Wolfram Research

Wolfram English Character-Level Language Model V1

Generate text in English

This language model is based on a simple stack of gated recurrent layers. It was trained by Wolfram Research in 2018 using teacher forcing on sequences of length 80. English-language models are often used to improve the performance of other systems, such as speech-to-text applications.

Number of layers: 8 | Parameter count: 4,144,930 | Trained size: 17 MB

Training Set Information

Examples

Resource retrieval

Get the pre-trained network:

In[1]:=
NetModel["Wolfram English Character-Level Language Model V1"]
Out[1]=

Basic usage

Predict the next character of a given sequence:

In[2]:=
NetModel["Wolfram English Character-Level Language Model V1"]["hello \
worl"]
Out[2]=

Get the top 15 probabilities:

In[3]:=
topProbs = 
 NetModel["Wolfram English Character-Level Language Model V1"][
  "hello worl", {"TopProbabilities", 15}]
Out[3]=

Plot the top 15 probabilities:

In[4]:=
BarChart[Thread@
  Labeled[Values@topProbs, 
   Keys[topProbs] /. {"\n" -> "\\n", "\t" -> "\\t"}], 
 ScalingFunctions -> "Log"]
Out[4]=

Generation

Generate text efficiently with NetStateObject. A built-in option for temperature sampling is available in Wolfram Language 12.0, while it has to be implemented explicitly in earlier versions.

In[5]:=
generateSample[start_, len_, temp_: 1] := 
 Block[{net, score, sampler, obj},
  net = NetModel[
    "Wolfram English Character-Level Language Model V1"];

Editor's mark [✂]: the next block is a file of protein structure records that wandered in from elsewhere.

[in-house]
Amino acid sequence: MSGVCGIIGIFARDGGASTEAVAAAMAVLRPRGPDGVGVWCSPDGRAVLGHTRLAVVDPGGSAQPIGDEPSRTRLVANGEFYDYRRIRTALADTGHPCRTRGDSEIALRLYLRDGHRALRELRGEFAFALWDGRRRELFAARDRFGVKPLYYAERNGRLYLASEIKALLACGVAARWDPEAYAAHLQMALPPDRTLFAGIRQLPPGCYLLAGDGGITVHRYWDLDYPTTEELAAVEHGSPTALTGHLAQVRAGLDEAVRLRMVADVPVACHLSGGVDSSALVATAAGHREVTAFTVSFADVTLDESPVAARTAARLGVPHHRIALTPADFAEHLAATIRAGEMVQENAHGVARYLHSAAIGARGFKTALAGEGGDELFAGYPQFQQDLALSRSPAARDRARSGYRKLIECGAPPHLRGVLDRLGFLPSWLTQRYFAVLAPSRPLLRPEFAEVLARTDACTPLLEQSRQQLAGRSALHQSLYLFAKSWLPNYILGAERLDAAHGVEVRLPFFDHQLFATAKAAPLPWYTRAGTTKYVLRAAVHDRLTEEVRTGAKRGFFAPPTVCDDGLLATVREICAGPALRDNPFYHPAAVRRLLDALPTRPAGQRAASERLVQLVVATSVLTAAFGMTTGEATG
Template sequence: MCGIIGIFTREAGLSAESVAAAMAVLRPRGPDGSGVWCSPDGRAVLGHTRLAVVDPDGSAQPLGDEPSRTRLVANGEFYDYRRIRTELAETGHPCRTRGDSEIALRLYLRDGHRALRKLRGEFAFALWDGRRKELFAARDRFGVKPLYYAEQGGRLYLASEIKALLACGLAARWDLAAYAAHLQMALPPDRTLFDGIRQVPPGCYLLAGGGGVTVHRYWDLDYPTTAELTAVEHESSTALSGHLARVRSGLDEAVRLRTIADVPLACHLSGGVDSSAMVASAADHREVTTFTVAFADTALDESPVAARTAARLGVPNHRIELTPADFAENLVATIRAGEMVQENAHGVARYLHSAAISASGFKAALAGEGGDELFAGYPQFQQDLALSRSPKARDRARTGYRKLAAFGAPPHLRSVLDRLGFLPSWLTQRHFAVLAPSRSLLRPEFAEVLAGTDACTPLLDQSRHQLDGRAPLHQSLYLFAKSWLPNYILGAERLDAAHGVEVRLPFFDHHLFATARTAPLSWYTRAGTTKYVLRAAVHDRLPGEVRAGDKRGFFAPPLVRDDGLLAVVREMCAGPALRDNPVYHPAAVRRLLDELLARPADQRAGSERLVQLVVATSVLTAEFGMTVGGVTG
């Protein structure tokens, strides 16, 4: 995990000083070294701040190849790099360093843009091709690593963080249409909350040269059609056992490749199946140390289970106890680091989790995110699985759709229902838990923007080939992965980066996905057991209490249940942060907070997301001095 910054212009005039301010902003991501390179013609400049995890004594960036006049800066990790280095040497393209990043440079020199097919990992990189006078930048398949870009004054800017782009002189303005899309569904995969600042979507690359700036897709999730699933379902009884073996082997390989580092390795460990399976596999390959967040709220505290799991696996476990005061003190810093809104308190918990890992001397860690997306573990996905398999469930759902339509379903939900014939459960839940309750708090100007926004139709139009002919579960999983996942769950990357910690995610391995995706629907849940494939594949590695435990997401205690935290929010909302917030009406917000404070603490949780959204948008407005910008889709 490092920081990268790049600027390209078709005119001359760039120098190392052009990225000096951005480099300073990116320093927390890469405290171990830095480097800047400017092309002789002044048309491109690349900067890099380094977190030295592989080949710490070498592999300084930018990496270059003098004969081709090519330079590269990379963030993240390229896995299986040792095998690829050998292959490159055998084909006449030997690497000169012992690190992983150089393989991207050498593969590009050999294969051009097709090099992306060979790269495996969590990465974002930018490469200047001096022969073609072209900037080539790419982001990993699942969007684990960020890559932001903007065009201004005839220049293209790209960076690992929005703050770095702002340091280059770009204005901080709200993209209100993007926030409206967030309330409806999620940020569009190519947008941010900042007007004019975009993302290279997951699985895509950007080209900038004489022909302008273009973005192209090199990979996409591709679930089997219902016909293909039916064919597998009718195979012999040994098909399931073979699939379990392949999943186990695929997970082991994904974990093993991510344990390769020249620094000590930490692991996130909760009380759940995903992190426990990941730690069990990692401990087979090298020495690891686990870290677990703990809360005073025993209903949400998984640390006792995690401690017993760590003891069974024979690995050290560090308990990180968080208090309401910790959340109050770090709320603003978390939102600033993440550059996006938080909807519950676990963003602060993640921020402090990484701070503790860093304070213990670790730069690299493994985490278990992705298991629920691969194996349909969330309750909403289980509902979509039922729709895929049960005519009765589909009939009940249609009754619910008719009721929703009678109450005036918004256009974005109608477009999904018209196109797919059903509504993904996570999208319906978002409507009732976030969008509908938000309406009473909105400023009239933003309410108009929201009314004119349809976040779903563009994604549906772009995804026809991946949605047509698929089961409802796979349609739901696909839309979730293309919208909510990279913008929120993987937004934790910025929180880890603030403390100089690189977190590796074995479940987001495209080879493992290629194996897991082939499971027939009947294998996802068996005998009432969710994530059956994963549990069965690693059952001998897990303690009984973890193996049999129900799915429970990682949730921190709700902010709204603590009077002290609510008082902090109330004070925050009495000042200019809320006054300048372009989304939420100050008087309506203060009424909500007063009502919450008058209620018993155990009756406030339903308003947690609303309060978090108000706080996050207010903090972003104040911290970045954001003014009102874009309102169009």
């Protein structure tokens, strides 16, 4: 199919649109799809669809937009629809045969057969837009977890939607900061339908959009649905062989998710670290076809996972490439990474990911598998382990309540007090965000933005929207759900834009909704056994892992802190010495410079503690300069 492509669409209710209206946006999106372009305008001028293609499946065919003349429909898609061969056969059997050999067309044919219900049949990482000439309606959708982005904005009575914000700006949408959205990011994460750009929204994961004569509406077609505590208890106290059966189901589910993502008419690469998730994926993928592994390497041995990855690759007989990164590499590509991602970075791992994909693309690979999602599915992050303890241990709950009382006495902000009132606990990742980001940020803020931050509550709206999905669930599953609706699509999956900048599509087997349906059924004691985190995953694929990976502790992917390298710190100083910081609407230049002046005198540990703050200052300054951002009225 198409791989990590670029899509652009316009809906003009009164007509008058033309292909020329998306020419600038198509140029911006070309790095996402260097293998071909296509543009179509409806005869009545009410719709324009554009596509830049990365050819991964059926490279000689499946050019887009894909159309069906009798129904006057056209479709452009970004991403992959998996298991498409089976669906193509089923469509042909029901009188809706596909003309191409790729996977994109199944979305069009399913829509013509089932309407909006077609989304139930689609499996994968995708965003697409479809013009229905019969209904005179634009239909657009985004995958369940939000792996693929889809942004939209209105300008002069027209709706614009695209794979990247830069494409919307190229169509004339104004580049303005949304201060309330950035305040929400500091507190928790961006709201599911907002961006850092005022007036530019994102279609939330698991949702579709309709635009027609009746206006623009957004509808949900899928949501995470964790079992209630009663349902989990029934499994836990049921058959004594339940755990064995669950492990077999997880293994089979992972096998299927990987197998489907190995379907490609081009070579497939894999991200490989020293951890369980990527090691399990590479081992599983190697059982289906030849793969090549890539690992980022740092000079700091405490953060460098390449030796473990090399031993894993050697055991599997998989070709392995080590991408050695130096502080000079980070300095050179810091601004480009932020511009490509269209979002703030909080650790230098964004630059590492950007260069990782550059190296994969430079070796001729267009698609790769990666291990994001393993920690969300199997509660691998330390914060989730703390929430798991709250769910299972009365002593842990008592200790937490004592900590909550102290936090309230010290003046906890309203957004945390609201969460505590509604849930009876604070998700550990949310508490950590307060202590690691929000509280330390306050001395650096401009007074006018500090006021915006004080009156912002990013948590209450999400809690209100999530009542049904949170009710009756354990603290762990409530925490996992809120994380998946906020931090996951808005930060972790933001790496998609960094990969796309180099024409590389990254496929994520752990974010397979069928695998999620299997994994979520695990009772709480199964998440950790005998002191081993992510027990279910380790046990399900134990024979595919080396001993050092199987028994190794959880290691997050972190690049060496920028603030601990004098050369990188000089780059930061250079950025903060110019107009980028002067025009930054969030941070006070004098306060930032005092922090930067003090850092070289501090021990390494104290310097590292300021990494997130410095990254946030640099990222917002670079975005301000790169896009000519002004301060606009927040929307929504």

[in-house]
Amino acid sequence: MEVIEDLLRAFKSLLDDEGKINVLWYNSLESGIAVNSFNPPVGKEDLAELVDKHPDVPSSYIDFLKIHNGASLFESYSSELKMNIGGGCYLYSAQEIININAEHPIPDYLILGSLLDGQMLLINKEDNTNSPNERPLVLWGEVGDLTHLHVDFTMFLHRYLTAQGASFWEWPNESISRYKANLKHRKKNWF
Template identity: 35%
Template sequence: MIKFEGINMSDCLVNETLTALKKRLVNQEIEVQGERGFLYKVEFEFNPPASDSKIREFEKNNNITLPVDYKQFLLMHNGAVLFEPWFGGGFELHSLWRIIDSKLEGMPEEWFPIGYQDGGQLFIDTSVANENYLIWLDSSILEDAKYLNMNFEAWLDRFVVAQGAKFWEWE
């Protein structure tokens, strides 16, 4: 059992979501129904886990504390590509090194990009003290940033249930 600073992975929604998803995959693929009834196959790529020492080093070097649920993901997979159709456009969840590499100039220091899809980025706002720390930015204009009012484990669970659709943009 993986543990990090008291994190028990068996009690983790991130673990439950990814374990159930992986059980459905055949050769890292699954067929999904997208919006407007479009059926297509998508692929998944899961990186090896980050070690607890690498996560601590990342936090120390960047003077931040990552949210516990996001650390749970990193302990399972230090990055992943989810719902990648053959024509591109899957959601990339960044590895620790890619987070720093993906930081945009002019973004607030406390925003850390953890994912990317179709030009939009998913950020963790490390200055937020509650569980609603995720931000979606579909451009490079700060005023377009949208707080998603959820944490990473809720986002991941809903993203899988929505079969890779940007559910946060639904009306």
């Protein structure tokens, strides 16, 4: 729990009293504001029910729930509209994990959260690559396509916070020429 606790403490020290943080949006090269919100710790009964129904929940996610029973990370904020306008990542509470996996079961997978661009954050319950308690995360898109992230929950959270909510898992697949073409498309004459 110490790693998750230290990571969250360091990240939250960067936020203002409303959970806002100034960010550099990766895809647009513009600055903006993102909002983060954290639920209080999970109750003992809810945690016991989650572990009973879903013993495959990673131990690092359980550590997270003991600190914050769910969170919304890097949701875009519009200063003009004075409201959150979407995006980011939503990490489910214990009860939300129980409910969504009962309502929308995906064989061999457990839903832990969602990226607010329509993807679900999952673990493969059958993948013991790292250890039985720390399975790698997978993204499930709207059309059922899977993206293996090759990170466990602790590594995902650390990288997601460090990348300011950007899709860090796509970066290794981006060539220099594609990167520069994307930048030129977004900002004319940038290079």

If[$VersionNumber < 12.0,
   score = NetTake[net, 7];
   sampler = NetTake[net, -1];
   obj = NetStateObject[score];
   StringJoin@
    NestList[sampler[obj[#]/temp, "RandomSample"] &, start, len],
   obj = NetStateObject[net];
   StringJoin@
    NestList[obj[#, {"RandomSample", "Temperature" -> temp}] &, start,
      len]
   ]
  ]

Generate for 100 steps using “hello” as an initial string:

In[6]:=
generateSample["hello", 100]
Out[6]=

The third optional argument is a “temperature” parameter that scales the input to the final softmax. A high temperature flattens the distribution from which characters are sampled, increasing the probability of extracting less likely characters:

In[7]:=
generateSample["hello", 100, 1.1]
Out[7]=

Decreasing the temperature sharpens the peaks of the sampling distribution, further decreasing the probability of extracting less likely characters:

In[8]:=
generateSample["hello", 100, 0.4]
Out[8]=

Very high temperature settings are equivalent to random sampling:

In[9]:=
generateSample["hello", 100, 10]
Out[9]=

Very low temperature settings are equivalent to always picking the character with maximum probability. It is typical for sampling to “get stuck in a loop”:

In[10]:=
generateSample["hello", 100, 0.01]
Out[10]=

Inspection of predictions

Define a function that takes a string and guesses the next character as it reads, showing the predictions in a grid. The input string is shown on top, while the top 5 predictions are aligned below each character, starting from more likely guesses. For each prediction, the intensity of the color is proportional to the probability: